Finally, we need to denormalize our culture of overwork. A requirement for long hours in many professions impedes the careers of women who aren’t able to devote that much time to their jobs. But it also hurts men, because they tend to work more hours than women. The gap in paid working hours is actually the widest of 18 different gender inequalities examined in a recent OECD study on Canada. This is a big problem: if men spend more time working for pay, it follows that they’ll have less time to devote to home life.

Excessive work habits also reduce the overall well-being of men by increasing stress and lowering life satisfaction. It is therefore in men’s own interest to accept a greater share of domestic responsibilities while easing back on time spent at the office. This is a case where we can improve gender equality while also improving outcomes for men. But to get there, societal and organizational expectations need to change.

For too long, discussions about gender equality have ignored or excluded men. It’s time we accepted that men need to be part of the solution – and that true gender equality entails enabling men to have equal access to caregiving and family time.

Keep your Opinions sharp and informed. Get the Opinion newsletter. Sign up today.

Your Globe

Build your personal news feed

  1. Follow topics and authors relevant to your reading interests.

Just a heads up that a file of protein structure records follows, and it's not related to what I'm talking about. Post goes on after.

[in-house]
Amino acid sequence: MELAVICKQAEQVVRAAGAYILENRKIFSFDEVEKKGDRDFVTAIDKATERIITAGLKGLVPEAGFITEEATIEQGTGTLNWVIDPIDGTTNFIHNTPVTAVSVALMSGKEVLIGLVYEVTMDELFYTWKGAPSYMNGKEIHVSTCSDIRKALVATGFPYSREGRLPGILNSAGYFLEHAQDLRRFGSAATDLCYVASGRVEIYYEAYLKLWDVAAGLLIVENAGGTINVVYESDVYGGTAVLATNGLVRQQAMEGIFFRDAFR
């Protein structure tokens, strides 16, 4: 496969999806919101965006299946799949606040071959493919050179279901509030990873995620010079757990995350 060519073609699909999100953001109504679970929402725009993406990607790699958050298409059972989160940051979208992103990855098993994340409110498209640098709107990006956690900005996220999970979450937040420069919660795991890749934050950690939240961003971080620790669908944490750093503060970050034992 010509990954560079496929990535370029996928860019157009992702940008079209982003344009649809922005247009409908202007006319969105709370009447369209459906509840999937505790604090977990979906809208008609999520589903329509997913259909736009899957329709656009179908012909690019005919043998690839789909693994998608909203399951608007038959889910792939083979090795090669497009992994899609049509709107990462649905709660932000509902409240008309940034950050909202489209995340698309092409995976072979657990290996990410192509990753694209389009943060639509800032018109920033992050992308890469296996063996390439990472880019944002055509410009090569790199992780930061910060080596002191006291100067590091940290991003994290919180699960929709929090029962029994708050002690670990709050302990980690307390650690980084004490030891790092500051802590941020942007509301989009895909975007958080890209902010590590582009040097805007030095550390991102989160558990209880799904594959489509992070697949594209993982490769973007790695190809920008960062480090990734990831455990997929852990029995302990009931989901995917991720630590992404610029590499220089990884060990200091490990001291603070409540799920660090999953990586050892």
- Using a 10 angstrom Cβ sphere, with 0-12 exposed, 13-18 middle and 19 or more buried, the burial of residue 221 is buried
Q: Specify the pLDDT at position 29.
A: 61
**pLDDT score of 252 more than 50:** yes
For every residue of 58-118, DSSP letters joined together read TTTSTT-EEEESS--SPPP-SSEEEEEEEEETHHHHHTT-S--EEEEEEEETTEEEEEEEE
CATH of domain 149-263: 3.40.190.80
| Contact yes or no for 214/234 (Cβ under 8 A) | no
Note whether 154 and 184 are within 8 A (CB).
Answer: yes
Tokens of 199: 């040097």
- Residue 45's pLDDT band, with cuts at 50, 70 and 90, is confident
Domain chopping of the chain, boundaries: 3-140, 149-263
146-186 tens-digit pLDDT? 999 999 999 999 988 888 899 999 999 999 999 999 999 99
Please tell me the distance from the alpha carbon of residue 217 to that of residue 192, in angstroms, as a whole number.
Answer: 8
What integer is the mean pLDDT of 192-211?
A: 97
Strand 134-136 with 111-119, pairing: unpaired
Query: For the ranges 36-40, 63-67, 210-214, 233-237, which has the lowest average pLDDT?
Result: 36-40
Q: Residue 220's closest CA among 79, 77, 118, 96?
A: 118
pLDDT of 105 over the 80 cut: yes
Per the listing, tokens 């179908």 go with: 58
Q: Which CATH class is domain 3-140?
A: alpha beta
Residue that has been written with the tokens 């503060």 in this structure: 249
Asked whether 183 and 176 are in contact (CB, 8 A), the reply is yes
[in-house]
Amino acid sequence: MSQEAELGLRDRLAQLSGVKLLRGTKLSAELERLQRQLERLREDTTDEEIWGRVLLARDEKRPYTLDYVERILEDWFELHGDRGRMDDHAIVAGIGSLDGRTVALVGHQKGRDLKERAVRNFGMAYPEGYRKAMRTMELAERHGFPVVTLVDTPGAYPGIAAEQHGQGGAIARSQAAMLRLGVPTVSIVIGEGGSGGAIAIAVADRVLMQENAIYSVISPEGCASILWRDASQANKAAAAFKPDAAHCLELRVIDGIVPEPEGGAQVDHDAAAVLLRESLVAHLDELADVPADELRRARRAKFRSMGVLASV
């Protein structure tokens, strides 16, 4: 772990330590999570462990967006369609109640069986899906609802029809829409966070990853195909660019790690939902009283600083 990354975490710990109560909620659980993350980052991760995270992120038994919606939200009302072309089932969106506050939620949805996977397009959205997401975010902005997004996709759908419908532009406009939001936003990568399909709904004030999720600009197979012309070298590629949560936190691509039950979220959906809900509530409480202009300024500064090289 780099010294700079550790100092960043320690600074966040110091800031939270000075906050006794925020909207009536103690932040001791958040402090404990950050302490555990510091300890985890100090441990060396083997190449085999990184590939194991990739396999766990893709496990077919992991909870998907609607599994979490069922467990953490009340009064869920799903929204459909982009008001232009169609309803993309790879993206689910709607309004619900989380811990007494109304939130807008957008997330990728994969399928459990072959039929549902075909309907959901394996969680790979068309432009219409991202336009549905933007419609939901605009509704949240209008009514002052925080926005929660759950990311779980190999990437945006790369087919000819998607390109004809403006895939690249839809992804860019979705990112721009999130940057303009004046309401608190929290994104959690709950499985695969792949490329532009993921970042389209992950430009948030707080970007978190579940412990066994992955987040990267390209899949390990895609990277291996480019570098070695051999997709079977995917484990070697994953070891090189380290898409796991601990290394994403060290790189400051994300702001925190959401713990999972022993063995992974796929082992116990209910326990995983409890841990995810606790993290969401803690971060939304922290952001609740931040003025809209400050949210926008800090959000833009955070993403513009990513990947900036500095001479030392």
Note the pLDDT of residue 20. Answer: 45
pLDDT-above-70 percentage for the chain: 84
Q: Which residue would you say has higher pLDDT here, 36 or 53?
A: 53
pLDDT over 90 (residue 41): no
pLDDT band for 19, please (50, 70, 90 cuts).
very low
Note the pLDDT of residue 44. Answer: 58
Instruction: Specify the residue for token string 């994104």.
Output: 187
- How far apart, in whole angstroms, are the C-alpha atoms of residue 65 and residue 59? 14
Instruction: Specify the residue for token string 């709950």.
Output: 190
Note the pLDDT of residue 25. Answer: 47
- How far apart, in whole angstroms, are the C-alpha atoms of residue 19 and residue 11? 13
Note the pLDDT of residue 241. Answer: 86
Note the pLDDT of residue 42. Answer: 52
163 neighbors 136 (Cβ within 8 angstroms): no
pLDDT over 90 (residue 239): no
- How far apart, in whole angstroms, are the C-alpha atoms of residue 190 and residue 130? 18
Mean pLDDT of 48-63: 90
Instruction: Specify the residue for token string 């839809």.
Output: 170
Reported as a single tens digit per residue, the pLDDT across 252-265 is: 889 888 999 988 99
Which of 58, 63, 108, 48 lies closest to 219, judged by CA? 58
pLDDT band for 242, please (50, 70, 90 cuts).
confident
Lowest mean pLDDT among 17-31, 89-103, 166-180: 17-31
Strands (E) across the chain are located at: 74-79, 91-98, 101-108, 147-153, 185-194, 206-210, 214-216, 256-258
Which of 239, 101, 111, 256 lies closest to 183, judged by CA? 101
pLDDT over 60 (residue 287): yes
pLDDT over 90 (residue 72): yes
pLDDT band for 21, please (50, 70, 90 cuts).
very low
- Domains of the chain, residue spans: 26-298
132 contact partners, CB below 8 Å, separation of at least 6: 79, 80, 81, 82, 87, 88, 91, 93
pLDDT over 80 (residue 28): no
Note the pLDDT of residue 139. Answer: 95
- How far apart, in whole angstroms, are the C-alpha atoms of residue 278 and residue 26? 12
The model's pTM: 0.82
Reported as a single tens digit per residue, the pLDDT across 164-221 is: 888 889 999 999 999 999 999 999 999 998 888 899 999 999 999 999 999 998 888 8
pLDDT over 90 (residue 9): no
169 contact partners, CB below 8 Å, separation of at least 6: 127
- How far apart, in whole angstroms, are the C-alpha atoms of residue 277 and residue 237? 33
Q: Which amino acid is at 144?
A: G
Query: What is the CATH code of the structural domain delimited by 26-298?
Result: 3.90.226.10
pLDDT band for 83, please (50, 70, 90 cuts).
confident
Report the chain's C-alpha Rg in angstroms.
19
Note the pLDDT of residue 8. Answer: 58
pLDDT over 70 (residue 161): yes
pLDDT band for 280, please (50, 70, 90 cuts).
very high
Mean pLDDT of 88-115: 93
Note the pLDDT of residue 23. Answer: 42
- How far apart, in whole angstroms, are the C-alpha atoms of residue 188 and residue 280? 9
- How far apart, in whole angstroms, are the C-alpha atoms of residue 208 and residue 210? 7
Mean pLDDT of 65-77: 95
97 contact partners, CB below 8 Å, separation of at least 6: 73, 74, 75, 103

2. Check your Following feed daily, and never miss an article. Access your Following feed from your account menu at the top right corner of every page.

Follow topics related to this article:

View more suggestions in Following Read more about following topics and authors
Report an error
Due to technical reasons, we have temporarily removed commenting from our articles. We hope to have this fixed soon. Thank you for your patience. If you are looking to give feedback on our new site, please send it along to feedback@globeandmail.com. If you want to write a letter to the editor, please forward to letters@globeandmail.com.

Welcome to The Globe and Mail’s comment community. This is a space where subscribers can engage with each other and Globe staff. Non-subscribers can read and sort comments but will not be able to engage with them in any way. Click here to subscribe.

If you would like to write a letter to the editor, please forward it to letters@globeandmail.com. Readers can also interact with The Globe on Facebook and Twitter .

Welcome to The Globe and Mail’s comment community. This is a space where subscribers can engage with each other and Globe staff. Non-subscribers can read and sort comments but will not be able to engage with them in any way. Click here to subscribe.

If you would like to write a letter to the editor, please forward it to letters@globeandmail.com. Readers can also interact with The Globe on Facebook and Twitter .

Welcome to The Globe and Mail’s comment community. This is a space where subscribers can engage with each other and Globe staff.

We aim to create a safe and valuable space for discussion and debate. That means:

  • Treat others as you wish to be treated
  • Criticize ideas, not people
  • Stay on topic
  • Avoid the use of toxic and offensive language
  • Flag bad behaviour

If you do not see your comment posted immediately, it is being reviewed by the moderation team and may appear shortly, generally within an hour.

We aim to have all comments reviewed in a timely manner.

Comments that violate our community guidelines will not be posted.

UPDATED: Read our community guidelines here

Discussion loading ...

To view this site properly, enable cookies in your browser. Read our privacy policy to learn more.
How to enable cookies